TM-E 30-451 Handbook on German Military Forces

[DISCLAIMER: The following text is taken from the U.S. War Department Technical Manual, TM-E 30-451: Handbook on German Military Forces published in March 1945. — Figures and illustrations are not reproduced, see source details. — As with all wartime intelligence information, data may be incomplete or inaccurate. No attempt has been made to update or correct the text. — Any views or opinions expressed do not necessarily represent those of the website.]



3. Conduct of the Defense

German defense of a position, whether hastily prepared or complete in all details, is conducted on the same principles. Unless they are compelled by manpower and materiel shortages to rely on the strength of their positions, the Germans prefer heavy concentrations of fire and powerful, coordinated counterattacks by mobile reserves of all arms. They apply the principle of selecting a point of main effort (Schwerpunkt) to the defense as well as to the attack. This principle necessarily is applied in reverse order in the defensive, the main effort being made opposite the point where the enemy is making his main attack.

German artillery attempts to disrupt a hostile attack before it reaches the defensive positions. The Germans state that it is invaluable to install observation posts simultaneously in the main line of resistance, in the advanced position, and in the immediate vicinity of the gun position. Thus they try to keep a hostile force constantly under observation and fire even when it achieves a penetration. The artillery regiment commander controls the fire as long as possible, although requests for artillery barrages may be made by unit commanders as low as platoon leaders. Capabilities of German heavy mortars, which like all other support weapons usually are sited on reverse slopes, are exploited, with a present trend toward mortar-fire concentration.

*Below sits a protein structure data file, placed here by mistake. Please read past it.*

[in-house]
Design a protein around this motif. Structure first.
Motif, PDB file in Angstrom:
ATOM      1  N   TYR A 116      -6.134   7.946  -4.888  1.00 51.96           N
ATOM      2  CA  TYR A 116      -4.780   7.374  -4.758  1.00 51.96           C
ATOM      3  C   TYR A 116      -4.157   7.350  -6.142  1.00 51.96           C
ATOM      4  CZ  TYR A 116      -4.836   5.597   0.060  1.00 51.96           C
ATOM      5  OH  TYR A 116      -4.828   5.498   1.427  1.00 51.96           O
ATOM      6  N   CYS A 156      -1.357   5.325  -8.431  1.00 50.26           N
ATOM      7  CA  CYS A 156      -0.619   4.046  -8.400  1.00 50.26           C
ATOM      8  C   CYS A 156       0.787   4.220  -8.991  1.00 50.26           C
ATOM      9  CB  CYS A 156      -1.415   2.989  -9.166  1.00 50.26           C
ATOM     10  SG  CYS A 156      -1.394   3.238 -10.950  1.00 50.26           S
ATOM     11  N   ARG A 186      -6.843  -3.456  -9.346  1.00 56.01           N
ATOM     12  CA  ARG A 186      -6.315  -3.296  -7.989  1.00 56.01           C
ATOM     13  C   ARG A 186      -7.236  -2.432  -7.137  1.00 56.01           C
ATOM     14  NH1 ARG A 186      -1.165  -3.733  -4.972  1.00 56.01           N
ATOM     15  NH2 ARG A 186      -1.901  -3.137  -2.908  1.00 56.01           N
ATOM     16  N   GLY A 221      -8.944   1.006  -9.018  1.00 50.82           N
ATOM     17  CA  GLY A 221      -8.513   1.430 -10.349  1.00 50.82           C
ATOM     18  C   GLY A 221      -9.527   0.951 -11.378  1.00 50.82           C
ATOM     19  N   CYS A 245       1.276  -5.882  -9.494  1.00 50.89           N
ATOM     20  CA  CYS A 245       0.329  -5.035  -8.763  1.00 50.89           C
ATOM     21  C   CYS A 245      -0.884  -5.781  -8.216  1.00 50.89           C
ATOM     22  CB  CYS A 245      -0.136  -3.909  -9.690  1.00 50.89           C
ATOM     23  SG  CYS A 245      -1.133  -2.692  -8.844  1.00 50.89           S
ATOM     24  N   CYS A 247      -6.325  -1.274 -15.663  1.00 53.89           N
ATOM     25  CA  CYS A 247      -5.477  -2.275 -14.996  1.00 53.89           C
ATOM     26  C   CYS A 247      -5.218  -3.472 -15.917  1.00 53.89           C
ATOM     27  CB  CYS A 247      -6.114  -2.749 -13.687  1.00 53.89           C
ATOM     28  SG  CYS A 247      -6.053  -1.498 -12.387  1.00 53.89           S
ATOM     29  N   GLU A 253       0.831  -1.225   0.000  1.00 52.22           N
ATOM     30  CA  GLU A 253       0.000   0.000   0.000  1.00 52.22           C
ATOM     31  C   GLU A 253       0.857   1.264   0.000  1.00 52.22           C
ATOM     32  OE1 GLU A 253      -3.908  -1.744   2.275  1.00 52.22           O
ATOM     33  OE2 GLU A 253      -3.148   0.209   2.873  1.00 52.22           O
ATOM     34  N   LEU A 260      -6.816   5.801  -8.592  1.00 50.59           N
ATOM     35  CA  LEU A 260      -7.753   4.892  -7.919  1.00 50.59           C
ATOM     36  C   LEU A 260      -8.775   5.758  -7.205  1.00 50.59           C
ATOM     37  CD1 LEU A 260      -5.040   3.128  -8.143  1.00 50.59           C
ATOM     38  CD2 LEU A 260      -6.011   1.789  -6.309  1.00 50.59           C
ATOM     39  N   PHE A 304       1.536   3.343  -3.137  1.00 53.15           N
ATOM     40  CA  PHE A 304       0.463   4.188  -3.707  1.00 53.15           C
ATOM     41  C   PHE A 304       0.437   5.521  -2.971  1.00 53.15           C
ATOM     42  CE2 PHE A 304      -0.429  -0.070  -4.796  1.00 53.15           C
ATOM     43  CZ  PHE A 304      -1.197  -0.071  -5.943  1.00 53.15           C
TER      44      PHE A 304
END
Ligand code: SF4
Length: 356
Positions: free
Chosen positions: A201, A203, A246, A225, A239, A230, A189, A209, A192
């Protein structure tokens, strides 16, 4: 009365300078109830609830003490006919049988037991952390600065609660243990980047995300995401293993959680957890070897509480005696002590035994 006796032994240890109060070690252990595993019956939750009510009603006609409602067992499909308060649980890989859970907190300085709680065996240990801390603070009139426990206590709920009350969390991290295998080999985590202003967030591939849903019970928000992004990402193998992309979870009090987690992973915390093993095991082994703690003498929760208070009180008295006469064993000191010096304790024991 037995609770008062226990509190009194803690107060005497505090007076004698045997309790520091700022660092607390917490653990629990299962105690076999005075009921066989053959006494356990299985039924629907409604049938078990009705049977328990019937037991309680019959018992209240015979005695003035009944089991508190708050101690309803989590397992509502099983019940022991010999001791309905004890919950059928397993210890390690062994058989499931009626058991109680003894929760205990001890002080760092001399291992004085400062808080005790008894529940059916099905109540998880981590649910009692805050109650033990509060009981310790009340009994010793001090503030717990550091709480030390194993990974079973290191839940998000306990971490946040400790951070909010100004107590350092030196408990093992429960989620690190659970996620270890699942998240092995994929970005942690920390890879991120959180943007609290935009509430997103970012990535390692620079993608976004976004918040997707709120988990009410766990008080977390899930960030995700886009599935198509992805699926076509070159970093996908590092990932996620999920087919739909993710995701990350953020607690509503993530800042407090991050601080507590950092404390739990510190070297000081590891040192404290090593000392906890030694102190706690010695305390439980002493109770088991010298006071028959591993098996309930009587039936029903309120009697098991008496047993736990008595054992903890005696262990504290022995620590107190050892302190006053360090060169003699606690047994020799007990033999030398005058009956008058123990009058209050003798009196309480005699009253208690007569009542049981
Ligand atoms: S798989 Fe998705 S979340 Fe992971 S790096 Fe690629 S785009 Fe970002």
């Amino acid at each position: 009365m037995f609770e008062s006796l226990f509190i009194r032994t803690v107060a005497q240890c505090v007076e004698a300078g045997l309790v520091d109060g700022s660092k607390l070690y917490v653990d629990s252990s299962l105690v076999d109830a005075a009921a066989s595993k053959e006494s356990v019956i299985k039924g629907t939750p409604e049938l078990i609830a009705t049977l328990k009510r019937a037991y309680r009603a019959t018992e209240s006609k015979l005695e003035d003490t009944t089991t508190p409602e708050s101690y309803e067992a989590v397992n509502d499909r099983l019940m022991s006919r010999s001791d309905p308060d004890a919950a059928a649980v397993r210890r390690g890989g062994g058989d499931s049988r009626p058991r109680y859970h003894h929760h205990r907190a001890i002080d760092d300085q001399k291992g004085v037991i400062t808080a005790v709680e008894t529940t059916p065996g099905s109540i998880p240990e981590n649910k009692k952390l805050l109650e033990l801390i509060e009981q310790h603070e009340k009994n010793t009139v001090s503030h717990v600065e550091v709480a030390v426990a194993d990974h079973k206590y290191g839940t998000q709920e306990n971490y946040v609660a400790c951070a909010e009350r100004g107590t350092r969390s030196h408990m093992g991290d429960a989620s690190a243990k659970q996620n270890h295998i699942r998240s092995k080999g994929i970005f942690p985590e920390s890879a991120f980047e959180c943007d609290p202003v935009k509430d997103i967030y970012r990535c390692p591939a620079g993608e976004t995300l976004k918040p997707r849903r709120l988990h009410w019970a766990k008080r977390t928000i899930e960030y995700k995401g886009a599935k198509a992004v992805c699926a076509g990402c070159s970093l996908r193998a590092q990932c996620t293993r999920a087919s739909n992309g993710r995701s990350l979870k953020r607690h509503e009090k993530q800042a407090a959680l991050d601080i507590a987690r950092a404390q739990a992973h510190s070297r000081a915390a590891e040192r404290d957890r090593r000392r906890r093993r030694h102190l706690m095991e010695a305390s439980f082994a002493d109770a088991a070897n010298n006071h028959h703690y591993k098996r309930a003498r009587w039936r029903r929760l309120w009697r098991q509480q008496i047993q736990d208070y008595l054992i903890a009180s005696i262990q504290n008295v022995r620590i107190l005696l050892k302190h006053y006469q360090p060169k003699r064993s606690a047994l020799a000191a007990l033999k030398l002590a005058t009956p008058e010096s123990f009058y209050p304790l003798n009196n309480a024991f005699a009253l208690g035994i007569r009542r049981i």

When a part of the battle position is lost, the area is taken under artillery fire to annihilate enemy forces which have penetrated it. The Germans normally organize reserve units, even when only relatively few troops are available. Immediate local counterthrusts by infantry elements and support weapons near the penetration endeavor to hurl back the enemy before he has an opportunity to establish himself. These small counterthrusts, which normally closely follow the artillery fire, preferably are directed at the flanks of the penetrations.

When the enemy succeeds in making a large penetration or breakthrough, the German higher echelon commander decides whether a general counterattack should be launched to restore the position or whether the main battle position should be reestablished farther to the rear. The counterattack is directed against the hostile flank, where possible, and is prepared thoroughly. Assembly area, time, objective, zone, artillery support, and employment of tanks, self-propelled artillery, assault guns, and air units are controlled by one commander.

German antiaircraft defense, which is unable to give adequate protection everywhere because of Allied air supremacy, is concentrated at important points. The main mission of the light and medium antiaircraft artillery is the protection of roads. Accuracy of Allied air reconnaissance compels the German antiaircraft artillery to change positions from day to day, the changeover being made during the night. The Germans also enforce a preliminary two-hour fire silence in the new position to try to trap enemy fighter-bombers. Searchlights often are placed parallel to a protected road to prevent enemy aircraft from illuminating the road by flares. This is particularly important since the Germans normally bring forward their relief troops, rations, and ammunition during the night.


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